[T]o deprive the meanest insect of life, without a good reason for so doing, is certainly criminal. By such an act, a man destroys, what neither he, nor all the united powers of the world can ever repair; and it may be attended with worse consequences than he can imagine. If superior beings had the same power over us, that we have over brutes, what misery might not one of them occasion to a whole nation, by destroying such an insect as a minister of state may appear to be in his eyes? If a child dismembers a bee, or an ant, he may, for any thing we know to the contrary, distress a whole common-wealth.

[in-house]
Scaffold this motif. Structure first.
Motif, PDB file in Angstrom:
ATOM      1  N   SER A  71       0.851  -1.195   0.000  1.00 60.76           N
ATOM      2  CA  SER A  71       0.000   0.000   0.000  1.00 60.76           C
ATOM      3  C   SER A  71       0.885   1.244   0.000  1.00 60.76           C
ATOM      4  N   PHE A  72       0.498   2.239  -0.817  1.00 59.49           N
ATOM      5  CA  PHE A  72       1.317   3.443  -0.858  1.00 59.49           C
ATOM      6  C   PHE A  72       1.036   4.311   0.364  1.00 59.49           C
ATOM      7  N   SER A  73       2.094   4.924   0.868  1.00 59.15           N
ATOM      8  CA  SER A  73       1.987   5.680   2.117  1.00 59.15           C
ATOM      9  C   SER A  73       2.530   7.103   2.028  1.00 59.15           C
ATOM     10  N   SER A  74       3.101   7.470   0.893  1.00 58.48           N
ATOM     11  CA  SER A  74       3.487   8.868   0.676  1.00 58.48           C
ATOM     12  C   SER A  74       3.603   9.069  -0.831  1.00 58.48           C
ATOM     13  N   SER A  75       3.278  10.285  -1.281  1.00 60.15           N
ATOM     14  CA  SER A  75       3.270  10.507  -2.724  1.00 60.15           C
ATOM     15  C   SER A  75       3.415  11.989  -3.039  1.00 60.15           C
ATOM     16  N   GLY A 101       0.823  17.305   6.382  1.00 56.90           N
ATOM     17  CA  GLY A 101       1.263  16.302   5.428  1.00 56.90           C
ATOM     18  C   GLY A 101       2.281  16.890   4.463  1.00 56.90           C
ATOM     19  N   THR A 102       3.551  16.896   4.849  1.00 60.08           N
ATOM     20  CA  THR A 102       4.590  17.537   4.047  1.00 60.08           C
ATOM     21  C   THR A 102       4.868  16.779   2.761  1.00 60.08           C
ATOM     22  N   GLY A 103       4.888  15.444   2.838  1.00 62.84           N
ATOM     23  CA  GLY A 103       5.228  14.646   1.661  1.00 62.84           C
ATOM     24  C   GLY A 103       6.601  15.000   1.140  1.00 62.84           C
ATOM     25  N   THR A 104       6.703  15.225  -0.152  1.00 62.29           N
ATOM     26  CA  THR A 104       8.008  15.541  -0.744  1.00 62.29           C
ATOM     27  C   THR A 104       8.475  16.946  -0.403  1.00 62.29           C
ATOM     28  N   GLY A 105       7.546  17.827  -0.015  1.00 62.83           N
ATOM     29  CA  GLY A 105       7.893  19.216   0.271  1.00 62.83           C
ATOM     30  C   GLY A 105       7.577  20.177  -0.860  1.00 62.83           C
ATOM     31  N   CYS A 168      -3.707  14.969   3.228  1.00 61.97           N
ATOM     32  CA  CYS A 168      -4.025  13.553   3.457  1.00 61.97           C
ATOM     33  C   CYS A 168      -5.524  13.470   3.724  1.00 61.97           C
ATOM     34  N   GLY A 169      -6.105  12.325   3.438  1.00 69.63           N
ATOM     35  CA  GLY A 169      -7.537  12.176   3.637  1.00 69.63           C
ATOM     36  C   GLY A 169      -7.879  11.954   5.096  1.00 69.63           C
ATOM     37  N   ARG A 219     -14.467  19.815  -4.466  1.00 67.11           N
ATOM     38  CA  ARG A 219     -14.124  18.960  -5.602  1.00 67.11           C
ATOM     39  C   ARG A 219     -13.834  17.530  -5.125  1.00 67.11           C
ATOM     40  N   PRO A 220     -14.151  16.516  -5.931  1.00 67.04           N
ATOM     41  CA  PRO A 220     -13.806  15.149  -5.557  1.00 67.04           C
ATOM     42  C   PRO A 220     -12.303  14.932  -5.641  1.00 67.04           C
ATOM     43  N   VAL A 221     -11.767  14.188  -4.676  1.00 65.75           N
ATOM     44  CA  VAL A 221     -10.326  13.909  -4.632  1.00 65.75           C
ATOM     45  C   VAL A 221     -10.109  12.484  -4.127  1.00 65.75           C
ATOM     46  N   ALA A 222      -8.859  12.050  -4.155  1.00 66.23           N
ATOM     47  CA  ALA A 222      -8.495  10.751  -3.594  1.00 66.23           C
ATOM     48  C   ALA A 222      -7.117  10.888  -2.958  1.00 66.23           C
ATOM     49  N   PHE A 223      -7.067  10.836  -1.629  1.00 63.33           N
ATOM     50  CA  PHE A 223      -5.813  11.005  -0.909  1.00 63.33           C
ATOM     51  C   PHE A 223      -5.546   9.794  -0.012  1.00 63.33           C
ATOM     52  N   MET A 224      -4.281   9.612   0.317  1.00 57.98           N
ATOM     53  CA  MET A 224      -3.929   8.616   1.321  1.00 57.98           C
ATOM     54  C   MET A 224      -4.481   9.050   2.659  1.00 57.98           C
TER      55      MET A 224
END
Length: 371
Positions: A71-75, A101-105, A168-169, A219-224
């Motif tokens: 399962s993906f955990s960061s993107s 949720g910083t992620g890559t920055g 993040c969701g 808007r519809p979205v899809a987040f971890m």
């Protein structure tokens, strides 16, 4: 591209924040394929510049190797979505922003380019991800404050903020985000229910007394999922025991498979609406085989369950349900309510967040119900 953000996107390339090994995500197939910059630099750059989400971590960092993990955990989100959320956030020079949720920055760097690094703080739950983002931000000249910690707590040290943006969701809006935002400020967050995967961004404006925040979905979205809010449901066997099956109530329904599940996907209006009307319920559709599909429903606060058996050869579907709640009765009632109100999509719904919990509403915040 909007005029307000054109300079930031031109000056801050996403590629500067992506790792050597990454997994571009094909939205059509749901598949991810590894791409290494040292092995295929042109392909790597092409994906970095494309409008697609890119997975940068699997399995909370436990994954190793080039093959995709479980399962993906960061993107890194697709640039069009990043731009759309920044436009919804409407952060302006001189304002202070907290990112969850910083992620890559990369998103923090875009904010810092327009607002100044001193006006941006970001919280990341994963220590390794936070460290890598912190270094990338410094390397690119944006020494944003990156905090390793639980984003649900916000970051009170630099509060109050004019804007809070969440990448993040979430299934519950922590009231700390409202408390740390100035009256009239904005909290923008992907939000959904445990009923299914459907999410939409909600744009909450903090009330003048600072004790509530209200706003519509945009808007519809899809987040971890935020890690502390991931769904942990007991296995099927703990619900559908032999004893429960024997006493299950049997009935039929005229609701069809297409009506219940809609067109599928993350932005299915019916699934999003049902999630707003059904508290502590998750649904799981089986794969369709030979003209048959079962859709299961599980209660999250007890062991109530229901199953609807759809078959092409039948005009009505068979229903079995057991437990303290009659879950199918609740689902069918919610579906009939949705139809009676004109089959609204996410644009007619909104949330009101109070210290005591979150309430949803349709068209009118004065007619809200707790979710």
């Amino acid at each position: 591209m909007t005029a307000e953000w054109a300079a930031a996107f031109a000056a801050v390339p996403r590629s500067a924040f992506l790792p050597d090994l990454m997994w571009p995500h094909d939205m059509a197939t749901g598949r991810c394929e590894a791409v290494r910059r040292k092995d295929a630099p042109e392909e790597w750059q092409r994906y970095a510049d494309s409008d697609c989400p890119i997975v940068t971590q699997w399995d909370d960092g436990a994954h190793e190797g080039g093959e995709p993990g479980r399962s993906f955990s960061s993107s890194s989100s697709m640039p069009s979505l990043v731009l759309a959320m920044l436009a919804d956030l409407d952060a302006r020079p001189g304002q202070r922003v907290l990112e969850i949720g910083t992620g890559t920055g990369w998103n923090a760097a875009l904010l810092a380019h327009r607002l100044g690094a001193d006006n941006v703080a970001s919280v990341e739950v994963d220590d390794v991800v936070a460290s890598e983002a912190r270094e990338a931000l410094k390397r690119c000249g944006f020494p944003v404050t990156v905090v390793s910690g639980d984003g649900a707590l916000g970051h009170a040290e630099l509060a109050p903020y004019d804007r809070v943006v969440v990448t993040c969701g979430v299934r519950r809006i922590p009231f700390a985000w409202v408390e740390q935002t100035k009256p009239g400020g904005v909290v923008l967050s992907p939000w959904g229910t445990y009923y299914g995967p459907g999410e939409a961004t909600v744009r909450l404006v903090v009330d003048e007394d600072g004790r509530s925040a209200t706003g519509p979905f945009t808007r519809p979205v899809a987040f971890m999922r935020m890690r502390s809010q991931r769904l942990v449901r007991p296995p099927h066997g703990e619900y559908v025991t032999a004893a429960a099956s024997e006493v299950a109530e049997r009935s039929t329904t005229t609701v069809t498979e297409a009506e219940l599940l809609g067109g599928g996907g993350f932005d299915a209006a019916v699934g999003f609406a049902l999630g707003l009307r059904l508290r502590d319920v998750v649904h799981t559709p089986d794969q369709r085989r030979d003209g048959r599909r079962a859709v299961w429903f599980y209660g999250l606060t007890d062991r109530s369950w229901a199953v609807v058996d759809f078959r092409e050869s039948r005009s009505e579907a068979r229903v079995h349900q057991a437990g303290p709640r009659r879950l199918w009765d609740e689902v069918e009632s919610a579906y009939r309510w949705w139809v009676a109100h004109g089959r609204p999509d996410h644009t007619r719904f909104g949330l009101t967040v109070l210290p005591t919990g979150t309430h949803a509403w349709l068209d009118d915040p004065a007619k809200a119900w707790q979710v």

— James Granger, An Apology for the Brute Creation, or Abuse of Animals Censured, 1772